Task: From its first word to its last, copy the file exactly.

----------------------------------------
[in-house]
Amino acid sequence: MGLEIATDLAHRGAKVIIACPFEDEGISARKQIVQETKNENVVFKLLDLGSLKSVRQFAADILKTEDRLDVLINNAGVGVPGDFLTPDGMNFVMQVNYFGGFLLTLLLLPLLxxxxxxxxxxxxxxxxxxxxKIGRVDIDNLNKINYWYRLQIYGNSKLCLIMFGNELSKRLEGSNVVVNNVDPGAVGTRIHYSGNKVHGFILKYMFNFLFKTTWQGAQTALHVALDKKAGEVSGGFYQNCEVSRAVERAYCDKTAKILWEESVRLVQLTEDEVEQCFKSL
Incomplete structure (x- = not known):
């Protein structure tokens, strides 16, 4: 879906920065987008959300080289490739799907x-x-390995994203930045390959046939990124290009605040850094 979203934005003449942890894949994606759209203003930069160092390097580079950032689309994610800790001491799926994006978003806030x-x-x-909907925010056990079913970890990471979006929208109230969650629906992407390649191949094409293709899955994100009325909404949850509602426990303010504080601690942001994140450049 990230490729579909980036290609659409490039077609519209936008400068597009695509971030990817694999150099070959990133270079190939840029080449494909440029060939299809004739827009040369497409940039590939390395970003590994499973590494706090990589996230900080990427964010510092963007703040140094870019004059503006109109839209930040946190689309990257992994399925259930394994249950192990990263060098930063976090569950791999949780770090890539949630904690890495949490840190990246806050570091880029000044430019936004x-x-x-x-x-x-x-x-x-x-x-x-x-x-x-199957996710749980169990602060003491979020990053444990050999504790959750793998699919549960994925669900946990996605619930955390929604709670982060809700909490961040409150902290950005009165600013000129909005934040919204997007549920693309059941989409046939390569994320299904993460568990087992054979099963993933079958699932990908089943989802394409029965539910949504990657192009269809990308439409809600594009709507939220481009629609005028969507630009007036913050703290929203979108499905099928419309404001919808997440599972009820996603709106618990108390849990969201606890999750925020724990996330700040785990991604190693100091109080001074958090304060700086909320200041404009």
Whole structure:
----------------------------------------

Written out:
[in-house]
Amino acid sequence: MGLEIATDLAHRGAKVIIACPFEDEGISARKQIVQETKNENVVFKLLDLGSLKSVRQFAADILKTEDRLDVLINNAGVGVPGDFLTPDGMNFVMQVNYFGGFLLTLLLLPLLxxxxxxxxxxxxxxxxxxxxKIGRVDIDNLNKINYWYRLQIYGNSKLCLIMFGNELSKRLEGSNVVVNNVDPGAVGTRIHYSGNKVHGFILKYMFNFLFKTTWQGAQTALHVALDKKAGEVSGGFYQNCEVSRAVERAYCDKTAKILWEESVRLVQLTEDEVEQCFKSL
Incomplete structure (x- = not known):
């Protein structure tokens, strides 16, 4: 879906920065987008959300080289490739799907x-x-390995994203930045390959046939990124290009605040850094 979203934005003449942890894949994606759209203003930069160092390097580079950032689309994610800790001491799926994006978003806030x-x-x-909907925010056990079913970890990471979006929208109230969650629906992407390649191949094409293709899955994100009325909404949850509602426990303010504080601690942001994140450049 990230490729579909980036290609659409490039077609519209936008400068597009695509971030990817694999150099070959990133270079190939840029080449494909440029060939299809004739827009040369497409940039590939390395970003590994499973590494706090990589996230900080990427964010510092963007703040140094870019004059503006109109839209930040946190689309990257992994399925259930394994249950192990990263060098930063976090569950791999949780770090890539949630904690890495949490840190990246806050570091880029000044430019936004x-x-x-x-x-x-x-x-x-x-x-x-x-x-x-199957996710749980169990602060003491979020990053444990050999504790959750793998699919549960994925669900946990996605619930955390929604709670982060809700909490961040409150902290950005009165600013000129909005934040919204997007549920693309059941989409046939390569994320299904993460568990087992054979099963993933079958699932990908089943989802394409029965539910949504990657192009269809990308439409809600594009709507939220481009629609005028969507630009007036913050703290929203979108499905099928419309404001919808997440599972009820996603709106618990108390849990969201606890999750925020724990996330700040785990991604190693100091109080001074958090304060700086909320200041404009």
Whole structure: